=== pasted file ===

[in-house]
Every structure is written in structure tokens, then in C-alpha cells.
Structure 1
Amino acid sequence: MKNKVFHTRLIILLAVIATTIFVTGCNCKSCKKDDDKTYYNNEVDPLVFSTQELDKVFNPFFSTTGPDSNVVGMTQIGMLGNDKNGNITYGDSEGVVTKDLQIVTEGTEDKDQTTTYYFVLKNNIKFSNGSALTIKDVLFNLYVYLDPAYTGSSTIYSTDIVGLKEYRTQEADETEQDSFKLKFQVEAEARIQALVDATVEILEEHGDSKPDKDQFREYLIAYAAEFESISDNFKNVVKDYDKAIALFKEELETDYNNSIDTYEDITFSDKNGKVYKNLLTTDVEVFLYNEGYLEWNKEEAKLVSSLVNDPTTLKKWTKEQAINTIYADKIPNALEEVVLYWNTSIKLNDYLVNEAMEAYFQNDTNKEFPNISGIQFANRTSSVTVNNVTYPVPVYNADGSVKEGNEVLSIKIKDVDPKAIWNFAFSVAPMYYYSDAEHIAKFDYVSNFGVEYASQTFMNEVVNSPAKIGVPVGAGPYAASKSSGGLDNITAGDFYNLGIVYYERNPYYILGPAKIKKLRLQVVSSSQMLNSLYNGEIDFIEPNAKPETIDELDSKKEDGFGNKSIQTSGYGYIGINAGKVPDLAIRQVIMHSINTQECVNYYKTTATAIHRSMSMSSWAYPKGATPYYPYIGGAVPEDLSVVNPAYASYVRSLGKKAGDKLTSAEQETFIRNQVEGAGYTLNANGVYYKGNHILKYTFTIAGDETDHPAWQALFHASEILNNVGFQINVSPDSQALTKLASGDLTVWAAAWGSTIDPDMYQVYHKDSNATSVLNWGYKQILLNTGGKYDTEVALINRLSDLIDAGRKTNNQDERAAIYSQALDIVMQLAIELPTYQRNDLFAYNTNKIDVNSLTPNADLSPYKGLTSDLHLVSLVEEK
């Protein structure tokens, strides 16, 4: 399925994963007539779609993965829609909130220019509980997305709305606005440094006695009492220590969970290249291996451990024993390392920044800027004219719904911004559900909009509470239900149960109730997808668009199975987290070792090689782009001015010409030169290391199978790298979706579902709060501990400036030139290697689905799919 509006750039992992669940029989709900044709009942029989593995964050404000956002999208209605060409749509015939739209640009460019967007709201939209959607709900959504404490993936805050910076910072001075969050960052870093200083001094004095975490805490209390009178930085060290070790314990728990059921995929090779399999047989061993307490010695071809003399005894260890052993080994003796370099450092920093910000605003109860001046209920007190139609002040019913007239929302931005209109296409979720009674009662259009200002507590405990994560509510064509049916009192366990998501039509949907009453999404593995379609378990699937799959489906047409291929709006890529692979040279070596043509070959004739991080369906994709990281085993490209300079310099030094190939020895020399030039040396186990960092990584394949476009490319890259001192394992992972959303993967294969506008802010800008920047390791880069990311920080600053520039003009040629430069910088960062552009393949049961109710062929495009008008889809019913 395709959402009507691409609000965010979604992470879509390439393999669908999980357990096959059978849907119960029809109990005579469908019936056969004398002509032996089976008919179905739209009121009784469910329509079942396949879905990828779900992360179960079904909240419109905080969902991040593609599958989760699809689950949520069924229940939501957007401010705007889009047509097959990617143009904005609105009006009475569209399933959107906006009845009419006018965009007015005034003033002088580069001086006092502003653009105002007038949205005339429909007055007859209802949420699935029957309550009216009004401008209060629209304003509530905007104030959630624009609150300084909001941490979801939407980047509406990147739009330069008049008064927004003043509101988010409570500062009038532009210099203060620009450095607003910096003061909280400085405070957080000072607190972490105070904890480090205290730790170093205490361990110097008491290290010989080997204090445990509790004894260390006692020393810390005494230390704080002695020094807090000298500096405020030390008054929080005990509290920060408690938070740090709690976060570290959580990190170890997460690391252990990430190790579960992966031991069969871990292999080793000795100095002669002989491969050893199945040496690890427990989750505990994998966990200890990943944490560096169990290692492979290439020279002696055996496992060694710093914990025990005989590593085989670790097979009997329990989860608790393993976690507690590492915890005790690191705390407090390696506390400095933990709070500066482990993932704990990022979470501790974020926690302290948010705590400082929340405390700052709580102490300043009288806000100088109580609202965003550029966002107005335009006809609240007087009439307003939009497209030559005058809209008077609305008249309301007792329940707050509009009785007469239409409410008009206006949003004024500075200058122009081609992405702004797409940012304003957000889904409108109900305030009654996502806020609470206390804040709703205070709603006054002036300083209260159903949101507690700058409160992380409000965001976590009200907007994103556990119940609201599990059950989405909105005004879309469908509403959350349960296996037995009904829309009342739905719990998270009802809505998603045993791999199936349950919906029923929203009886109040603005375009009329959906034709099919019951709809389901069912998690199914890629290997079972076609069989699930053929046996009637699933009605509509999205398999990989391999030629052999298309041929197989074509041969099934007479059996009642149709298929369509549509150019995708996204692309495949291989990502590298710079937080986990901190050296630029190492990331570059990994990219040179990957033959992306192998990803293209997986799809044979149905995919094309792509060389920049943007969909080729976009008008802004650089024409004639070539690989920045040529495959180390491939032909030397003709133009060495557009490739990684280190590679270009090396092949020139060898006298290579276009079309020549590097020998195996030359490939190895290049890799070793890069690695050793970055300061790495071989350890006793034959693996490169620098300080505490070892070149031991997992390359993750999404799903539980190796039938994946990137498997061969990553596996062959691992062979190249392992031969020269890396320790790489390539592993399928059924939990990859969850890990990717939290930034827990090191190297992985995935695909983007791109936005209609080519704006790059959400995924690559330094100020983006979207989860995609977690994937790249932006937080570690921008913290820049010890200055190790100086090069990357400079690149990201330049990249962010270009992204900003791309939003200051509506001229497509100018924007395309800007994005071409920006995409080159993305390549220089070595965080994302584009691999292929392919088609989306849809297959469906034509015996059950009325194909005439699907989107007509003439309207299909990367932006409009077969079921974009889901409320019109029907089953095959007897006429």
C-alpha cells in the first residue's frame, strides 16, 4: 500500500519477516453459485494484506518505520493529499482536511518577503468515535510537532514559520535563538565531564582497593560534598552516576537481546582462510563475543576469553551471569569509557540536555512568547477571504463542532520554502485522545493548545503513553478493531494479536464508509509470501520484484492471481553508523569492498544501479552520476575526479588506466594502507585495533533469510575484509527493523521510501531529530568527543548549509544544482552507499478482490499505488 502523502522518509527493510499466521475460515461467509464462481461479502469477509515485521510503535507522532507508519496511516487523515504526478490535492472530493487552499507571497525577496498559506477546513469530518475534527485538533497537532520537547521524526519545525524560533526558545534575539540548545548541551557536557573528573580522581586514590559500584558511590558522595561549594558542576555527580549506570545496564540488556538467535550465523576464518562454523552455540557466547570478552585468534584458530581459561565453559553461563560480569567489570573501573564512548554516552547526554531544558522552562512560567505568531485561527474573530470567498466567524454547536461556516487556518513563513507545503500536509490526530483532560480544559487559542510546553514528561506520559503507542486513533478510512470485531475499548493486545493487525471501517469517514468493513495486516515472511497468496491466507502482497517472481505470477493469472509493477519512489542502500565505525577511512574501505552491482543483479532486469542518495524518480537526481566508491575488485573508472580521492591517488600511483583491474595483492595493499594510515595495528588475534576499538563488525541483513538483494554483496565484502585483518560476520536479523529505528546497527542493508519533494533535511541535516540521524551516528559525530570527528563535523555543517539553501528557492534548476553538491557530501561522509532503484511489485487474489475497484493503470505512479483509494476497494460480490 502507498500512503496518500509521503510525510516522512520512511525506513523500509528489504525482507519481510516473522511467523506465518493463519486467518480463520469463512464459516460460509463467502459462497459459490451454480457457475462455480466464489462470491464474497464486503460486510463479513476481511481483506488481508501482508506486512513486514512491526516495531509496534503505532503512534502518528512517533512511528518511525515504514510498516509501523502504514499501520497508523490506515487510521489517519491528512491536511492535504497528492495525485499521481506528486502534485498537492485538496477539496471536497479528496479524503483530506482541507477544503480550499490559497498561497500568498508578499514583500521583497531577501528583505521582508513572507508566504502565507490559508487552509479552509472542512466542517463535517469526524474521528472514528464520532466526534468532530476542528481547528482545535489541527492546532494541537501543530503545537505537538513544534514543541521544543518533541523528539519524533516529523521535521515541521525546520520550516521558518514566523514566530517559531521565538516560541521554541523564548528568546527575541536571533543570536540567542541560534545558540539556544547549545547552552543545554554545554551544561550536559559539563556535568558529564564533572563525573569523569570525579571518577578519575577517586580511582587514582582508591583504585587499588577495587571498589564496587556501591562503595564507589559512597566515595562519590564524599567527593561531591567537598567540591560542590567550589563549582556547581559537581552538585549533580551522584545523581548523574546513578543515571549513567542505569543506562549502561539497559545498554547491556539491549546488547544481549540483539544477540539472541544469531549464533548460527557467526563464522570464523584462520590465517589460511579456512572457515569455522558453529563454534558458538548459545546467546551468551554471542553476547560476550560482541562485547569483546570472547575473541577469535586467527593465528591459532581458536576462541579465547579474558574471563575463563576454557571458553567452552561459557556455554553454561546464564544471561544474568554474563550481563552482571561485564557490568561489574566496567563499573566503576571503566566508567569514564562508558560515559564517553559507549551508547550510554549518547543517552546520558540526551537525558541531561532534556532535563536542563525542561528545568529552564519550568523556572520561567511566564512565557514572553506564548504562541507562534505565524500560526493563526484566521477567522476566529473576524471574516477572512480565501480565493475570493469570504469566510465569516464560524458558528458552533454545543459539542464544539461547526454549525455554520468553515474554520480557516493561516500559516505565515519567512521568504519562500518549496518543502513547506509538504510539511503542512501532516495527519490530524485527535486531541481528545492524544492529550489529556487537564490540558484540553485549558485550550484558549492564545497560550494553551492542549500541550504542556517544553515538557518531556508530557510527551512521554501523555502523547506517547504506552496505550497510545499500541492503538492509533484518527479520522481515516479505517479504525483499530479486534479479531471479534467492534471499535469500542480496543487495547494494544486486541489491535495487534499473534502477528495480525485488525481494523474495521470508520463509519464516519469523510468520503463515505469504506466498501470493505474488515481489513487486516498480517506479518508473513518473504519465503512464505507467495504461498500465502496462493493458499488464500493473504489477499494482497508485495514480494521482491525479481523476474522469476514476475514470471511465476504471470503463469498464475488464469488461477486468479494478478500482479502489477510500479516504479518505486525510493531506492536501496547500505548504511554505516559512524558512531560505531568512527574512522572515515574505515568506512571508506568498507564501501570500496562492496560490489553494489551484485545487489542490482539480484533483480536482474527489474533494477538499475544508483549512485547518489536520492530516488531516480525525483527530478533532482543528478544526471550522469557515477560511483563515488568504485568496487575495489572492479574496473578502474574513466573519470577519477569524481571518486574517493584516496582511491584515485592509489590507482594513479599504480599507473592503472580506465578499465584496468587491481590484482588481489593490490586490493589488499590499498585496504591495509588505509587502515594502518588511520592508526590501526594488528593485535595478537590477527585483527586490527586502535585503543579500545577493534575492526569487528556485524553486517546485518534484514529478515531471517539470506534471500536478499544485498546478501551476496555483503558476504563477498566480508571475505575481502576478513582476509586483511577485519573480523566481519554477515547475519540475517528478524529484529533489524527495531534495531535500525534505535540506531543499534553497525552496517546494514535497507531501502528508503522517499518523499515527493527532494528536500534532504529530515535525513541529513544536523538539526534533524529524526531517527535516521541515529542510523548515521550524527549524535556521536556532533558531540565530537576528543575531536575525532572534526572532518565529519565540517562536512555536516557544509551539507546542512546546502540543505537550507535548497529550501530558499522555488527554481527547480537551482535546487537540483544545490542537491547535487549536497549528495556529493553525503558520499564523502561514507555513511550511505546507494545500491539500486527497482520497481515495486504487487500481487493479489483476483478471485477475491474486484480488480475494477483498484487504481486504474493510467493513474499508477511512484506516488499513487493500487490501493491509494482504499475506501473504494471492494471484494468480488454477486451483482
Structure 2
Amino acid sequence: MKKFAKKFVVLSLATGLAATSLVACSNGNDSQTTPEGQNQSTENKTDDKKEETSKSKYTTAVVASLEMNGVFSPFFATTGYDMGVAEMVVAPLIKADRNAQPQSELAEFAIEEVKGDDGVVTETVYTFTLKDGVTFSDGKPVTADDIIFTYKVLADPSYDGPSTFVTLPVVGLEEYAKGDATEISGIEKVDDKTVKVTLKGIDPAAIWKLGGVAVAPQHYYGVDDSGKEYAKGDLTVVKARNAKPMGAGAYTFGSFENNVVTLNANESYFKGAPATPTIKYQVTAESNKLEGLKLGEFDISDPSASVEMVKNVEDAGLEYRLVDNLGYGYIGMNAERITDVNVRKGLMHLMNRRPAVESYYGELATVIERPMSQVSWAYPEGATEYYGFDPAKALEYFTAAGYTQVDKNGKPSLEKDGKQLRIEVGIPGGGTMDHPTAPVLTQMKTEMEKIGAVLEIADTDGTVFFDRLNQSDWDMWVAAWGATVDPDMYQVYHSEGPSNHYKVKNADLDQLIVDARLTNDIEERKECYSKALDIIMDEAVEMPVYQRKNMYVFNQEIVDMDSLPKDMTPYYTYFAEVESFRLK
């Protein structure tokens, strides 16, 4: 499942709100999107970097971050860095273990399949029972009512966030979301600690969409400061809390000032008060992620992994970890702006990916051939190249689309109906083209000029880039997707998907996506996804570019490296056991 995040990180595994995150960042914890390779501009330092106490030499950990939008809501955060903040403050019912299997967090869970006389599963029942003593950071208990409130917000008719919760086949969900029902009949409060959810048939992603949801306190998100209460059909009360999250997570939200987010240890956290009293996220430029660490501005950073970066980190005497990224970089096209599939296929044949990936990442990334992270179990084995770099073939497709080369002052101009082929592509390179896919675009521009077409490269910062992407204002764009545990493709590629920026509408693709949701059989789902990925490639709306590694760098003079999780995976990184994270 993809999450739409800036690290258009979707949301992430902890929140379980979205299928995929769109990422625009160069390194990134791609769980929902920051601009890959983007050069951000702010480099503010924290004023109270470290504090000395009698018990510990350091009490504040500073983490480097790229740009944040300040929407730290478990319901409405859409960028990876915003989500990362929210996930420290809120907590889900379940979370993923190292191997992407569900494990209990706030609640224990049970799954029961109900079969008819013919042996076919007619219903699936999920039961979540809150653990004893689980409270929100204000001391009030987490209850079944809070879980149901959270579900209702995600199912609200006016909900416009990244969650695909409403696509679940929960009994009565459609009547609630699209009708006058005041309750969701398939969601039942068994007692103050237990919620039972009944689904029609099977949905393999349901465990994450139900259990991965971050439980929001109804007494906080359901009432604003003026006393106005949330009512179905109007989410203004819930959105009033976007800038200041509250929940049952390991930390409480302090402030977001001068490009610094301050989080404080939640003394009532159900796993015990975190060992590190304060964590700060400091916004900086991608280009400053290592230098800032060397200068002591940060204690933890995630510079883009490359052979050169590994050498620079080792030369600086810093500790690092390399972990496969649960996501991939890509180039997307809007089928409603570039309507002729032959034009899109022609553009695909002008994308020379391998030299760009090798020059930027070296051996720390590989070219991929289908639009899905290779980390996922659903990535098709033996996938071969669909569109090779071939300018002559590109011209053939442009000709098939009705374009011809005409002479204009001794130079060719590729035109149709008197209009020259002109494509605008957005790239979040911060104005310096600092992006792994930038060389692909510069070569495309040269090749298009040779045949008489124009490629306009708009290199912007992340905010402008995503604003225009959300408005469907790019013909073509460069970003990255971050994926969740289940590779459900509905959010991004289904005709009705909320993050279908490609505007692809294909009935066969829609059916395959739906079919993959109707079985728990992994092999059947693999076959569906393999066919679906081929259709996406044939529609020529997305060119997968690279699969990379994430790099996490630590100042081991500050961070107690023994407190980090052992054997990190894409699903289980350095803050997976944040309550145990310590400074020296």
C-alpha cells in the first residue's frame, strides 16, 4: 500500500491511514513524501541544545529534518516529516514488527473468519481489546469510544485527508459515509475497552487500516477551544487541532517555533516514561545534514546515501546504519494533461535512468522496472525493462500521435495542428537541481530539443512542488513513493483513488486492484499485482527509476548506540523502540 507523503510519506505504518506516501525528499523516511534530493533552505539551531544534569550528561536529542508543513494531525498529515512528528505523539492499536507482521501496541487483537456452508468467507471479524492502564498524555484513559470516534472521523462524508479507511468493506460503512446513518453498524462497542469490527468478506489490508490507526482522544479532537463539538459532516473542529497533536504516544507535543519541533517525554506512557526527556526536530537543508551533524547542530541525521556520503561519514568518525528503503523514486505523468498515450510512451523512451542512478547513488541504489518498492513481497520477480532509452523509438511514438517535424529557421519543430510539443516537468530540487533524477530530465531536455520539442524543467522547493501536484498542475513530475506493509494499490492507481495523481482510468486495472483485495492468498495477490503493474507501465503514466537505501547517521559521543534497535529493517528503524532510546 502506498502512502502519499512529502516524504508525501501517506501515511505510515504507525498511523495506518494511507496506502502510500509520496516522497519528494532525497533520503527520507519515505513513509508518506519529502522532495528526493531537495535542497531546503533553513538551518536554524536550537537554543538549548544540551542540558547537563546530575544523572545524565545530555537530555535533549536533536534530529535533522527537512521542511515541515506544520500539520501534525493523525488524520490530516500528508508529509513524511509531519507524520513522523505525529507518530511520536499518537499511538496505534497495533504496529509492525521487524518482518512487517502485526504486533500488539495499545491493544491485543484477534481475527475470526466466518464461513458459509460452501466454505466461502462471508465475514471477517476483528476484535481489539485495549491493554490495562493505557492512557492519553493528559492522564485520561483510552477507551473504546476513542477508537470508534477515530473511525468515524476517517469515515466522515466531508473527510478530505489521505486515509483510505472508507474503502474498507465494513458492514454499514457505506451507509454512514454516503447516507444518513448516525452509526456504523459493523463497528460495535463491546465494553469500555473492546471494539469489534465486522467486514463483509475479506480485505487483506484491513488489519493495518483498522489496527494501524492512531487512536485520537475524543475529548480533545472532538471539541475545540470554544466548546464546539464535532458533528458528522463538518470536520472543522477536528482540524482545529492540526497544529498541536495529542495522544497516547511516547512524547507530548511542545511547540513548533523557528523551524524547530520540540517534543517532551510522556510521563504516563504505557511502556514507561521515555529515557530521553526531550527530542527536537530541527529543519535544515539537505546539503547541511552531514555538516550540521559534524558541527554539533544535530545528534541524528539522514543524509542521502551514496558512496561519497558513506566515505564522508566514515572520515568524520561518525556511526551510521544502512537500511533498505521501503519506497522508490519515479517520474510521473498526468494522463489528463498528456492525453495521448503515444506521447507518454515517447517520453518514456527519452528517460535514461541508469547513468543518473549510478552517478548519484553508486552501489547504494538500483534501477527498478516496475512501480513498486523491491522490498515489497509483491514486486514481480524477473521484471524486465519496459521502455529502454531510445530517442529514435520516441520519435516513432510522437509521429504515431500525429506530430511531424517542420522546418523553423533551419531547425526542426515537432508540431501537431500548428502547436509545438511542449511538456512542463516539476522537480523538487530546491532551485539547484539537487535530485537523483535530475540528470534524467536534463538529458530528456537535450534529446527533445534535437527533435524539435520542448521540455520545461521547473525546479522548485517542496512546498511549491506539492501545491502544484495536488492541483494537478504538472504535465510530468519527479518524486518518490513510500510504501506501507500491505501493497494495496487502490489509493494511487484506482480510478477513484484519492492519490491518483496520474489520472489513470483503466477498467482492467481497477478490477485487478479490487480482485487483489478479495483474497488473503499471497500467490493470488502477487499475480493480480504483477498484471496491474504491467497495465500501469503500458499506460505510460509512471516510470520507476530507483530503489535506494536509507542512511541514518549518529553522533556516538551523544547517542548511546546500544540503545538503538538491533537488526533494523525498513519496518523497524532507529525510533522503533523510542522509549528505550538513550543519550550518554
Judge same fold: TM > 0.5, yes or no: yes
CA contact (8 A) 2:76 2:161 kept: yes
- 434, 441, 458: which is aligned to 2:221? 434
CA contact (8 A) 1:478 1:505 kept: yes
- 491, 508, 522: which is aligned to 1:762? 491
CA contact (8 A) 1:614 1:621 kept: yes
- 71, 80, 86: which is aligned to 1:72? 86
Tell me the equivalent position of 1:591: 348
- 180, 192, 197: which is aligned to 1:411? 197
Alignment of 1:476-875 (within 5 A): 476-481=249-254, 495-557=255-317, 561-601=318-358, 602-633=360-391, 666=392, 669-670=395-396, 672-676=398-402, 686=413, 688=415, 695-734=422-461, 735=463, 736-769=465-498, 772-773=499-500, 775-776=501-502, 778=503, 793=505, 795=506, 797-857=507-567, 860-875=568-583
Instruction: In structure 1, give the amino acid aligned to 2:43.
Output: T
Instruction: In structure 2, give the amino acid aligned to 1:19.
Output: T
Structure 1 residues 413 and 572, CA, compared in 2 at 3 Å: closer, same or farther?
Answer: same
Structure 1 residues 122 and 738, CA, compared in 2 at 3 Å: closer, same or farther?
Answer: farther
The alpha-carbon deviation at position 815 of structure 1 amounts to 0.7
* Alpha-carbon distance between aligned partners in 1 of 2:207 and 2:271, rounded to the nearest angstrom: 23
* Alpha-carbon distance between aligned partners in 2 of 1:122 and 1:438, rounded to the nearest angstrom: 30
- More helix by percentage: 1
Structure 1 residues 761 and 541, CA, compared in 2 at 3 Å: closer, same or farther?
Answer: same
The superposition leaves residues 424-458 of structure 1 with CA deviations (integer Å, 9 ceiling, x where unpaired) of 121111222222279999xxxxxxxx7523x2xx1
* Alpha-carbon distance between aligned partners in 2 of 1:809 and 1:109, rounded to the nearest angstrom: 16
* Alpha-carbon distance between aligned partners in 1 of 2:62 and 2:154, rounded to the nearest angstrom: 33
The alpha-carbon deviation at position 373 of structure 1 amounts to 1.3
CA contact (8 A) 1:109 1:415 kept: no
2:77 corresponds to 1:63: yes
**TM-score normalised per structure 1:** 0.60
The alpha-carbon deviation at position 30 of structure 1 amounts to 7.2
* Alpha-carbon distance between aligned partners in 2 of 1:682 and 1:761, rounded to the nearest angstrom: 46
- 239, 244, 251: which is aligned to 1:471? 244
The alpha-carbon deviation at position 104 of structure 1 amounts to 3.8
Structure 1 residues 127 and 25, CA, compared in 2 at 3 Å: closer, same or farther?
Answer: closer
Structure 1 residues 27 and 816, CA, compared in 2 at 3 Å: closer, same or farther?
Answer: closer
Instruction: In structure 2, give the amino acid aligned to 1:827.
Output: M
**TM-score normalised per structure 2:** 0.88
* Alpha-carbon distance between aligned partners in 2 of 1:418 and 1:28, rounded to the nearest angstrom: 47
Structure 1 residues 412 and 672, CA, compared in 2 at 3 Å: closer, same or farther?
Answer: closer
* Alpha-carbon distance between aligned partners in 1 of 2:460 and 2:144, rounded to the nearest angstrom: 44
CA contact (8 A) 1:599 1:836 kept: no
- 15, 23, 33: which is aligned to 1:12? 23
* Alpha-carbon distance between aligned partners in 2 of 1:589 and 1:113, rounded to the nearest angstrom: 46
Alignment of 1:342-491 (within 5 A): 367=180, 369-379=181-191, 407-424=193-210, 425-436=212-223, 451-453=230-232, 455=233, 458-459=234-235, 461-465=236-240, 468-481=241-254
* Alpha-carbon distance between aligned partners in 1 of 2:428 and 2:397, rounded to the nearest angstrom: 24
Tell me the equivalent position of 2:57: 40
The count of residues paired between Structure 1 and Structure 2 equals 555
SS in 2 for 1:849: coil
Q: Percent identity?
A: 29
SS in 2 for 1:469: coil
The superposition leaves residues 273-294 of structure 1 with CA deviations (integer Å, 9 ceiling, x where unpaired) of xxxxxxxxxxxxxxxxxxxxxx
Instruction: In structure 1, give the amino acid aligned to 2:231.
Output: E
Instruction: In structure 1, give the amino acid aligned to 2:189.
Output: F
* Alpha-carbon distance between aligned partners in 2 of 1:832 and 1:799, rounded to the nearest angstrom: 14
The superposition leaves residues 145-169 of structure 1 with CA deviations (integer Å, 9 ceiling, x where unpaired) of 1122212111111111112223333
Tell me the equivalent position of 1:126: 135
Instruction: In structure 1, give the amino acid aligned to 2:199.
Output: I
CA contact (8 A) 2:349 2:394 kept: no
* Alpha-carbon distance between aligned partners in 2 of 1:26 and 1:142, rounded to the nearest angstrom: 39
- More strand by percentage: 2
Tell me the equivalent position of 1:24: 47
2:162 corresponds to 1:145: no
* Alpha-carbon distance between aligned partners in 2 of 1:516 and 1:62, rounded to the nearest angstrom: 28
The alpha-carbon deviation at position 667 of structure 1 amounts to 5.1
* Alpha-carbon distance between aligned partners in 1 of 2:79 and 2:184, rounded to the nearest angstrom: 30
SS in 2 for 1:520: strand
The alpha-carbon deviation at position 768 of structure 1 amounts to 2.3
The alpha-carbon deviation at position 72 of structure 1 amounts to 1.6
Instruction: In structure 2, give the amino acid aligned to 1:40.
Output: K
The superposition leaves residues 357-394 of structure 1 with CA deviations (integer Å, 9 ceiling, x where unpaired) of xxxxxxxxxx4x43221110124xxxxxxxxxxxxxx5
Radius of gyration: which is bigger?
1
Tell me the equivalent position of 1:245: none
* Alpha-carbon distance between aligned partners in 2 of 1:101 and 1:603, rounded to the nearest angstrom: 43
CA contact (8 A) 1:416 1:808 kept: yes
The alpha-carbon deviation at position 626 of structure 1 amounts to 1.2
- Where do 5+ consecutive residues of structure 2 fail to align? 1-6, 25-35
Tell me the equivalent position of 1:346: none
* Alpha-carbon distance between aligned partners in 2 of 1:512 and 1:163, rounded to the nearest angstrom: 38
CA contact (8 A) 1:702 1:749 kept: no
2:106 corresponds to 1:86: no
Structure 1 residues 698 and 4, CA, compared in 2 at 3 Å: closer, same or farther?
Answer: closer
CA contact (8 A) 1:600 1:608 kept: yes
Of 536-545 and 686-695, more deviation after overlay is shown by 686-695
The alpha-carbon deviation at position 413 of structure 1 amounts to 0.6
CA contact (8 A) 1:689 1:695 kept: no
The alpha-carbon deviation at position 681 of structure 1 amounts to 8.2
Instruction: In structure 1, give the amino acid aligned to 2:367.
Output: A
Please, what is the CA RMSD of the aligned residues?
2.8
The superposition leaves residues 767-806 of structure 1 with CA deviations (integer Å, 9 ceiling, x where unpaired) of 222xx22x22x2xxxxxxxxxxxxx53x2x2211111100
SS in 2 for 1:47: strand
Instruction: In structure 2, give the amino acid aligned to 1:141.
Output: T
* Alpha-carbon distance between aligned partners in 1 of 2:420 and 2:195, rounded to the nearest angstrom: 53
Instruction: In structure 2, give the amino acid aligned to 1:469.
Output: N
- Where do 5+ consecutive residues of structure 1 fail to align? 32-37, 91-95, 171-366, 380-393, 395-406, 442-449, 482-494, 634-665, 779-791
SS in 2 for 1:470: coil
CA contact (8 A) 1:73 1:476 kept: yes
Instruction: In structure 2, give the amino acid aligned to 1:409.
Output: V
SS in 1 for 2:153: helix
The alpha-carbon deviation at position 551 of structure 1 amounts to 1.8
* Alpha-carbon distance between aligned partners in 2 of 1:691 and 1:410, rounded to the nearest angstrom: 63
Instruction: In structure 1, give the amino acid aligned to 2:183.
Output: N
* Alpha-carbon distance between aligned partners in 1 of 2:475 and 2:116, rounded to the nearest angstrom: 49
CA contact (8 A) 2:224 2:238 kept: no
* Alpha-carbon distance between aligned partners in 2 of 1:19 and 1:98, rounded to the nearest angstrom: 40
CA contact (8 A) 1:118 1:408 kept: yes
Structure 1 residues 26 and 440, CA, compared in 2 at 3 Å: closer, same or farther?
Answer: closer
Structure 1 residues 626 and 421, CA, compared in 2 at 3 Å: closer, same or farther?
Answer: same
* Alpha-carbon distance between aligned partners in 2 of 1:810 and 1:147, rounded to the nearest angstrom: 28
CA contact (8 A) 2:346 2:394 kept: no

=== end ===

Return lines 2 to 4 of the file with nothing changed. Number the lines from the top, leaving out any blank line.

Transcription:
Every structure is written in structure tokens, then in C-alpha cells.
Structure 1
Amino acid sequence: MKNKVFHTRLIILLAVIATTIFVTGCNCKSCKKDDDKTYYNNEVDPLVFSTQELDKVFNPFFSTTGPDSNVVGMTQIGMLGNDKNGNITYGDSEGVVTKDLQIVTEGTEDKDQTTTYYFVLKNNIKFSNGSALTIKDVLFNLYVYLDPAYTGSSTIYSTDIVGLKEYRTQEADETEQDSFKLKFQVEAEARIQALVDATVEILEEHGDSKPDKDQFREYLIAYAAEFESISDNFKNVVKDYDKAIALFKEELETDYNNSIDTYEDITFSDKNGKVYKNLLTTDVEVFLYNEGYLEWNKEEAKLVSSLVNDPTTLKKWTKEQAINTIYADKIPNALEEVVLYWNTSIKLNDYLVNEAMEAYFQNDTNKEFPNISGIQFANRTSSVTVNNVTYPVPVYNADGSVKEGNEVLSIKIKDVDPKAIWNFAFSVAPMYYYSDAEHIAKFDYVSNFGVEYASQTFMNEVVNSPAKIGVPVGAGPYAASKSSGGLDNITAGDFYNLGIVYYERNPYYILGPAKIKKLRLQVVSSSQMLNSLYNGEIDFIEPNAKPETIDELDSKKEDGFGNKSIQTSGYGYIGINAGKVPDLAIRQVIMHSINTQECVNYYKTTATAIHRSMSMSSWAYPKGATPYYPYIGGAVPEDLSVVNPAYASYVRSLGKKAGDKLTSAEQETFIRNQVEGAGYTLNANGVYYKGNHILKYTFTIAGDETDHPAWQALFHASEILNNVGFQINVSPDSQALTKLASGDLTVWAAAWGSTIDPDMYQVYHKDSNATSVLNWGYKQILLNTGGKYDTEVALINRLSDLIDAGRKTNNQDERAAIYSQALDIVMQLAIELPTYQRNDLFAYNTNKIDVNSLTPNADLSPYKGLTSDLHLVSLVEEK